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Entry barrier perpetuates status quo in languages

There are a number of obvious solutions to the problems reported in Brendan O'Malley's article "Shortages prolong supremacy of French", (TES, February 2).

As a German native with degree qualifications in English and French as well as my own language, now on a PGCE course in foreign languages, I cannot understand why it would have been impossible for me to get on to my course if I had not been qualified in French. This entry barrier perpetuates the status quo. I know a number of well-qualified native speakers of other languages, with three or four languages to offer, who cannot train because they do not bring a French language qualification.

Very often trainee teachers find mentors for languages other than French difficult to come by for the simple reason that specialists in these languages are not trained initially. It's a vicious circle.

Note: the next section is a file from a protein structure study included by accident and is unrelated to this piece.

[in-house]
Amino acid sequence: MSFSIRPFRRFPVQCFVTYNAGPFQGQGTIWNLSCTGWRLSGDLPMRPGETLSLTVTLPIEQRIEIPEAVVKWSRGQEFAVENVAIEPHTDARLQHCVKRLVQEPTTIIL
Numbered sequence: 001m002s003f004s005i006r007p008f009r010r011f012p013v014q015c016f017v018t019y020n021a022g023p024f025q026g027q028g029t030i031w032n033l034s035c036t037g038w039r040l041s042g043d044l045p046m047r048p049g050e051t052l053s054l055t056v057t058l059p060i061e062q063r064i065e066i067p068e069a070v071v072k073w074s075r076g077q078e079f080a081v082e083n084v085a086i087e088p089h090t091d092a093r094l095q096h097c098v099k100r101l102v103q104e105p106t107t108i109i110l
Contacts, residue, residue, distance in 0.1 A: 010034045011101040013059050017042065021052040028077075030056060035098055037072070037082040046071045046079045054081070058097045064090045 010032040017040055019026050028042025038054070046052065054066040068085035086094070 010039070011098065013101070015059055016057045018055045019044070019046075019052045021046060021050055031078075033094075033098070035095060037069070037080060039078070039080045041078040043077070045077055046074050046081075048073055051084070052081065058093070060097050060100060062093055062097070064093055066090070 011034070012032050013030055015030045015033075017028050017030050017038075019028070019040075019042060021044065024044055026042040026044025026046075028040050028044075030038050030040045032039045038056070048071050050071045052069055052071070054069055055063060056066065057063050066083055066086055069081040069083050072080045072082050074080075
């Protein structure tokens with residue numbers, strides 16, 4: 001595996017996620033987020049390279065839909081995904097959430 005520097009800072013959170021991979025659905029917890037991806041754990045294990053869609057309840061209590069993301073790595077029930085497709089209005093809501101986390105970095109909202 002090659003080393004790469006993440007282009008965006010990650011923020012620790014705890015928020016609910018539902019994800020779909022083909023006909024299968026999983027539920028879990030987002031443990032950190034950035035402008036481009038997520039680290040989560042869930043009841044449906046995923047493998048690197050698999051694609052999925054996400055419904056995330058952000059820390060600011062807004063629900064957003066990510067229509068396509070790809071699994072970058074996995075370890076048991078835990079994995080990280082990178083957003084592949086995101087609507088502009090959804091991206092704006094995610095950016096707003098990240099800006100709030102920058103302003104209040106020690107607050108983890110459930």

One of the things that strikes me very strongly in the UK, as distinct from my own country, is the strict compartmentalisation of subjects which is perpetuated through the school system into university and then on through teacher training. It's impossible, for example, for a teacher to combine a science with a language or English with a foreign language in secondary school. Such combinations are quite common in Germany's education system and they enable far more effective cross-curricular activity.

MARION EVANS 4 Park Lane Southwick, West Sussex

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